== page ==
Take a look at the Return of Inspiration lessons learned from roughly 7 years of on-the-ground experience in the 4 returns network of landscape partners. This story is made up of two parts:
- 5 Basic ingredients for Return of Inspiration in landscape restoration (this story)
- Recipe for Return of Inspiration in landscape restoration
Recently, Commonland launched an online learning program (rewatch here) to hear from our landscape partners in Spain, the Netherlands, Australia and South Africa. We went on a so called Mountain Trail with AlVelAl, Wij.land, RegenWA, Wide Open Agriculture, Living Lands and Grounded and some of our new partners. Together, we harvested to find out what our 4 returns network has learnt about the Return of Inspiration over the last 7 years.
5 Basic ingredients of inspiration
- Place-based work
Understand your work is connected to the nature, culture and history of a place. A landscape’s long ecological and cultural history has shaped the people that live in it and vice versa. Landscapes are formed by millions of years of geological processes and thousands of years of human civilization. Placing ourselves into the geological, ecological and cultural history of a landscape puts us as part of the process. Cultural traditions, self-esteem and pride are part of the landscape restoration and inspire cultural or restoration projects which, in turn, inspire members of the project.
Some great examples of this are the AlVelAl 8000 project and Re-Generation festival in the south east of Spain, the ‘Danjoo Koorliny / Walking Together Towards 2029’ journey in Western Australia or the art-cycle route in the peat meadow landscape in the Netherlands.
The same way that a cultural history can spark inspiration or action, it can also carry a historical load that impacts the psycho-social context of the stakeholders to this day. This is something to be aware of:
“In landscapes with more complex socio-economic histories (such as Apartheid in the South African context) the ability to imagine better futures are suppressed by harsh realities. (…) Thinking in ecological and generational time is sometimes required to understand the effect that interventions may have, and persisting despite no direct evidence that something is making a difference.”
Pienaar du Plessis, Living Lands
- Head- and heart space
Consciously create the time and headspace for people to be able to reimagine and dream up a new future. If you are in survival mode, there is limited psychological bandwidth to go into productive dialogue or work together with other people, let alone dream into the future.
“In degraded landscapes, sustainable options to make a living are limited, thus the problem is not simply a lack of imagination, but a material reality that limits the choices and options of those living on a degraded landscape.”
Pienaar du Plessis, Living Lands
“You can’t really change people by just giving them information, you have to really engage with people’s hearts to really inspire them and to make those changes happen. What we ask of people in the landscapes are difficult – you cannot guarantee that it is going to work out wonderfully. That is why inspiration is so important.”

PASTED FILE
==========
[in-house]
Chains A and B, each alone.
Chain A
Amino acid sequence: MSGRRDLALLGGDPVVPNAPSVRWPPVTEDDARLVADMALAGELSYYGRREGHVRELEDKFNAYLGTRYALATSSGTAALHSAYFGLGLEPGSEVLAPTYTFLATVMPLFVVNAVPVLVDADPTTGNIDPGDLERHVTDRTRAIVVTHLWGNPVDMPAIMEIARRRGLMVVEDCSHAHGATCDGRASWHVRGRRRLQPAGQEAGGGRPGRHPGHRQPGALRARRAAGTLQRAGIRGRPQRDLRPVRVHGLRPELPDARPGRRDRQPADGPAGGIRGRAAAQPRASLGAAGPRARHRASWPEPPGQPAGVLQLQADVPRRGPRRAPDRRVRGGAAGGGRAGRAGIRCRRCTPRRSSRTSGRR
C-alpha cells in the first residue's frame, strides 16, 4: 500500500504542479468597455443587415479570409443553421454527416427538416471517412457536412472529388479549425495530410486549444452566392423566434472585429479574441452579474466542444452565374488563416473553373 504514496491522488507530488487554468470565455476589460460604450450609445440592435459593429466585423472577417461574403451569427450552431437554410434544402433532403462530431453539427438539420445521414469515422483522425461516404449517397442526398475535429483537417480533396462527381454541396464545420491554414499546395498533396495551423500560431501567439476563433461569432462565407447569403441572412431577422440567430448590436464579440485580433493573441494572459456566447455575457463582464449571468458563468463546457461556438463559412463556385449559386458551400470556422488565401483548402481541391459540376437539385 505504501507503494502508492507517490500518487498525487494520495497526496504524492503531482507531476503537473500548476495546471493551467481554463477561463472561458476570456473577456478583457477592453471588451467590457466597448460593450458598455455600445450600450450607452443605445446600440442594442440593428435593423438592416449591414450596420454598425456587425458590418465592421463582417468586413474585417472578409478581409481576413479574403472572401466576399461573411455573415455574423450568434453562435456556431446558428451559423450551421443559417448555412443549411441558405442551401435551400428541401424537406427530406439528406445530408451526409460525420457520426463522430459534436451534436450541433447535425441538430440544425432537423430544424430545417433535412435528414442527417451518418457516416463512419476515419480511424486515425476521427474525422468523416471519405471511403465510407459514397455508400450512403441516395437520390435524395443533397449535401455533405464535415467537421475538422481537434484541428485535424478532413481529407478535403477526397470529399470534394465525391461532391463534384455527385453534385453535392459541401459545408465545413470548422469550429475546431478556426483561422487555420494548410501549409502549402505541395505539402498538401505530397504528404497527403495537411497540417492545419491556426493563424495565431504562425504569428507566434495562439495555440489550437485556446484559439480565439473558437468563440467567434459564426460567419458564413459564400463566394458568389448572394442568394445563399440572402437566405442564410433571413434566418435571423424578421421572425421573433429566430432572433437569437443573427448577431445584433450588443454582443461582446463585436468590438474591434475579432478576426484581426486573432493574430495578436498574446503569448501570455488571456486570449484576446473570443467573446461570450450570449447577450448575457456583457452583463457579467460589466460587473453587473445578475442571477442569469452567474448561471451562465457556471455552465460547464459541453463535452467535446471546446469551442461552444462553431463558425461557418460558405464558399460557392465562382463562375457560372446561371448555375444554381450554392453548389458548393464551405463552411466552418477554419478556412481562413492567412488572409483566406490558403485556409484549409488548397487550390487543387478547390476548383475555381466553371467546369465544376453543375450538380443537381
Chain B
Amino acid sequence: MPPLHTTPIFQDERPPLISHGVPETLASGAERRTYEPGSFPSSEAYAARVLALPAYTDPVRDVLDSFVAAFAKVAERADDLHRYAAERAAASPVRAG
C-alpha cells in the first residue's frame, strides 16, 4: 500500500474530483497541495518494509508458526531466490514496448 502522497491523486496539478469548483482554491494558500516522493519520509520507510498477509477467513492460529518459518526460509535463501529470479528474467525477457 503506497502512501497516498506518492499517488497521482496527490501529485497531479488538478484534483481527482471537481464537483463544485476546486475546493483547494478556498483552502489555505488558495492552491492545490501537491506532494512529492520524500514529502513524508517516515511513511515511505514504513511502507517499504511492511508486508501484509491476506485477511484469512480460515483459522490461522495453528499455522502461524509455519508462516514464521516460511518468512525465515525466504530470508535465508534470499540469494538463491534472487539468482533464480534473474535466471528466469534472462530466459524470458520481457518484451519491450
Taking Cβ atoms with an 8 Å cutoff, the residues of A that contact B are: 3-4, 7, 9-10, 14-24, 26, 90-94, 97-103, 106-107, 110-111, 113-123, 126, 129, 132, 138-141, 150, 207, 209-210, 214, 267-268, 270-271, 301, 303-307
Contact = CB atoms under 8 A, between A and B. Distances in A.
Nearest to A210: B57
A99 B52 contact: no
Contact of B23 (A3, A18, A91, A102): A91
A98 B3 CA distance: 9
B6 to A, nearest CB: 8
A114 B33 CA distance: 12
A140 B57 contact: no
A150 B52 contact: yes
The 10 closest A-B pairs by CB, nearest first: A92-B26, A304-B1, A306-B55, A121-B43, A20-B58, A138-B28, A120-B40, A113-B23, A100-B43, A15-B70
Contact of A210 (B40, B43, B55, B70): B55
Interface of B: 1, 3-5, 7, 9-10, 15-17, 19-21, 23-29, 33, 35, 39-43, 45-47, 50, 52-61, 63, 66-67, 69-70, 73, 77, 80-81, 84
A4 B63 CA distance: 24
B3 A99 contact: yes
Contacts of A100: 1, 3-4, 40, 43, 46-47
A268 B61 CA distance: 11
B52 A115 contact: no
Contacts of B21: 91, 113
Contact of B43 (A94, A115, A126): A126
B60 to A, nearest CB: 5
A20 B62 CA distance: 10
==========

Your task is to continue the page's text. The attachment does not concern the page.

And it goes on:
Ancois de Villiers, PhD candidate Living Lands, South Africa
- Oxygen mask principle
Invest in your own team first before inspiring others. Working with inspiration in landscape restoration does not only mean inspiring your stakeholders, but, most importantly, also inspiring your own team. You cannot expect an uninspired team to inspire others. This can be done by actively celebrating steps along your landscape journey and connecting an inspiring moment to the next action.
“Is what inspires me the same as what inspires a farmer? Inspiration is deeply personal. The most inspiring thing for a Spanish farmer is to have a tilled, clean (no herbs) farm. I cannot give all my energy to one farm, let alone have the energy to change the community of farmers.”
Fernando Bautista, AlVelAl, Spain
- Can I trust you?
Be transparent and trustworthy, for example, by putting your time, energy and money where your mouth is. We also see that inspiration gets space when there is a lack of judgement. Trust is the carbon in the soil to grow the mycelium. How do you grow that? That’s the million-dollar question:
“it is important to be transparent and very open. [In Spain] we normally do an annual assembly where people can ask everything to the board and the time. This is important for inspiration so that people you work with are present and part of the association”
Elvira Marín Irigaray, coordinator AlVelAl, Spain
- Courageous conversations
Reality of landscape restoration can be rough, so make sure you can facilitate those honest conversations. For farmers, for example, living and working on the land is their whole life, their family life and it is often generational. It is also about trust, inspiration and the future vision of how the landscape could look. You need a lot of trust to go on this journey together, not knowing exactly what it will look like, what the income will be, whether you can pay of your mortgage. Rest assured, conflicts can – and will – arise that might require professional mediation and ultimately it requires trust, transparency, honesty and inclusion of all stakeholders.